Psychological distance and culture: How an unfamiliar e-Retailer can offset uncertainty

Sally McKechnie, Prithwiraj Nath, Jiyao Xun*

*Corresponding author for this work

Research output: Contribution to conferencePaperpeer-review


Unfamiliar e-retailers often face stiff challenges to reduce the sense of distrust or increase the stickiness of their website with buyers during the initial en-counters. Literature suggests that trust and purchase intentions can be im-proved by reducing the psychological distance between the buyer and seller. Moreover, reducing the social psychological distance (i.e., degree of personal closeness or connection) is crucial to create an illusion of social closeness or connection with buyers. Nevertheless, how unfamiliar e-retailers can use deci-sion-facilitative tools (interactivity and personalization) to create a better sense of social closeness during the first encounter with potential buyers is less explored. In addition, how such an interaction is influenced by the cultural ori-entations of buyers is often ignored. This study addresses such issues using two experiments. The results show that these tools can reduce buyers’ perceptions of social distance and increase their purchase intentions. However, the influ-ence of interactivity is greater for buyers with high uncertainty avoidance and power distance cultural orientations, whereas personalization is more impact-ful for buyers from low uncertainty avoidance and power distance cultures. The study offers a unique segmentation tool to managers based on culture and buyers’ information use behaviour.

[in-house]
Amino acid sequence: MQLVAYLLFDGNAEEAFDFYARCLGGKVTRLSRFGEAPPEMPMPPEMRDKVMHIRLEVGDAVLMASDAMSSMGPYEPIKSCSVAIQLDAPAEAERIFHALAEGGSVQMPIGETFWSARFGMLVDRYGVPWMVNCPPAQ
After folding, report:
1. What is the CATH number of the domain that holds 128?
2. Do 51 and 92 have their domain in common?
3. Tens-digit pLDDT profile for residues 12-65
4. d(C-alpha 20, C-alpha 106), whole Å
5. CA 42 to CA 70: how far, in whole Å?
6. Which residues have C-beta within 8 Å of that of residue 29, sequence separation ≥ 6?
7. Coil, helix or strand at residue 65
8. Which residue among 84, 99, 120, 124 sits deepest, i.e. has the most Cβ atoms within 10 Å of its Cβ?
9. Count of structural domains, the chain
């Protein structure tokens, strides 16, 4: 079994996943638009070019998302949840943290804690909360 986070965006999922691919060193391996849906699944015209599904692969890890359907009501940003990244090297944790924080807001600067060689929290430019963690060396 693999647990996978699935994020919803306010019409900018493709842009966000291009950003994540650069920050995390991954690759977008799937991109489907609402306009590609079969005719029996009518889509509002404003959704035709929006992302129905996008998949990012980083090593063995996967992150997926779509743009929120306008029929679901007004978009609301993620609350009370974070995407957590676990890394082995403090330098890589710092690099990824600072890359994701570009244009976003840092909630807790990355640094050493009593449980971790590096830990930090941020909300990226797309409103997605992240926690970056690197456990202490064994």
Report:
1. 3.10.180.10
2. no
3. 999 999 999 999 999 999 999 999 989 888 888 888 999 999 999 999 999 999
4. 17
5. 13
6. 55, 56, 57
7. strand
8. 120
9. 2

Original languageEnglish
Publication statusAccepted/In press - 24 May 2024


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